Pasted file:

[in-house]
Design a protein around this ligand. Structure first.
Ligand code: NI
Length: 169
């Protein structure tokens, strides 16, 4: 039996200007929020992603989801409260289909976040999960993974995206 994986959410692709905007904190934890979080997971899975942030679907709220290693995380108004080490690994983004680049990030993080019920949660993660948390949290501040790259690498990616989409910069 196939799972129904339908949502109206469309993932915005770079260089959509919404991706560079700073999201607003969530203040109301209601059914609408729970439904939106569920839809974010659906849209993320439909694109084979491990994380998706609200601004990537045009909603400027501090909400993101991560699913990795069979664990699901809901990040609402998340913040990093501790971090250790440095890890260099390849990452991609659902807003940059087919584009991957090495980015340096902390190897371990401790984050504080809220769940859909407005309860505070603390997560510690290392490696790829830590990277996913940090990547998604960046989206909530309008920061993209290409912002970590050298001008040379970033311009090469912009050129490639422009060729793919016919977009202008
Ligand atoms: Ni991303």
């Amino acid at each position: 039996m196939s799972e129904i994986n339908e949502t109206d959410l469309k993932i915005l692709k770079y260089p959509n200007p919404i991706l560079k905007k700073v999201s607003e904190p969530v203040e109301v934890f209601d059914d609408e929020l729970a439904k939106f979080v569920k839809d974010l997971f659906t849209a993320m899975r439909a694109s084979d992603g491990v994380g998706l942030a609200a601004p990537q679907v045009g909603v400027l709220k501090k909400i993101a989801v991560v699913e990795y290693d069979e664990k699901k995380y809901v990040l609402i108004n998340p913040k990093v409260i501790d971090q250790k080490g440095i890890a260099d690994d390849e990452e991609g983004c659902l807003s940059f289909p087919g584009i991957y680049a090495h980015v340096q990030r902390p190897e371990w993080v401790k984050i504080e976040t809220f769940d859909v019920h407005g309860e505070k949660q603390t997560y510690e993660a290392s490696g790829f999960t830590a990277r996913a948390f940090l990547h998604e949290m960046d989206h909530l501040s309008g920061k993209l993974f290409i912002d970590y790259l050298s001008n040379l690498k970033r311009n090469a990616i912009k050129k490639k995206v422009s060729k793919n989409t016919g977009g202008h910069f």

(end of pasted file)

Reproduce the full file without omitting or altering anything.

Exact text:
[in-house]
Design a protein around this ligand. Structure first.
Ligand code: NI
Length: 169
């Protein structure tokens, strides 16, 4: 039996200007929020992603989801409260289909976040999960993974995206 994986959410692709905007904190934890979080997971899975942030679907709220290693995380108004080490690994983004680049990030993080019920949660993660948390949290501040790259690498990616989409910069 196939799972129904339908949502109206469309993932915005770079260089959509919404991706560079700073999201607003969530203040109301209601059914609408729970439904939106569920839809974010659906849209993320439909694109084979491990994380998706609200601004990537045009909603400027501090909400993101991560699913990795069979664990699901809901990040609402998340913040990093501790971090250790440095890890260099390849990452991609659902807003940059087919584009991957090495980015340096902390190897371990401790984050504080809220769940859909407005309860505070603390997560510690290392490696790829830590990277996913940090990547998604960046989206909530309008920061993209290409912002970590050298001008040379970033311009090469912009050129490639422009060729793919016919977009202008
Ligand atoms: Ni991303």
């Amino acid at each position: 039996m196939s799972e129904i994986n339908e949502t109206d959410l469309k993932i915005l692709k770079y260089p959509n200007p919404i991706l560079k905007k700073v999201s607003e904190p969530v203040e109301v934890f209601d059914d609408e929020l729970a439904k939106f979080v569920k839809d974010l997971f659906t849209a993320m899975r439909a694109s084979d992603g491990v994380g998706l942030a609200a601004p990537q679907v045009g909603v400027l709220k501090k909400i993101a989801v991560v699913e990795y290693d069979e664990k699901k995380y809901v990040l609402i108004n998340p913040k990093v409260i501790d971090q250790k080490g440095i890890a260099d690994d390849e990452e991609g983004c659902l807003s940059f289909p087919g584009i991957y680049a090495h980015v340096q990030r902390p190897e371990w993080v401790k984050i504080e976040t809220f769940d859909v019920h407005g309860e505070k949660q603390t997560y510690e993660a290392s490696g790829f999960t830590a990277r996913a948390f940090l990547h998604e949290m960046d989206h909530l501040s309008g920061k993209l993974f290409i912002d970590y790259l050298s001008n040379l690498k970033r311009n090469a990616i912009k050129k490639k995206v422009s060729k793919n989409t016919g977009g202008h910069f």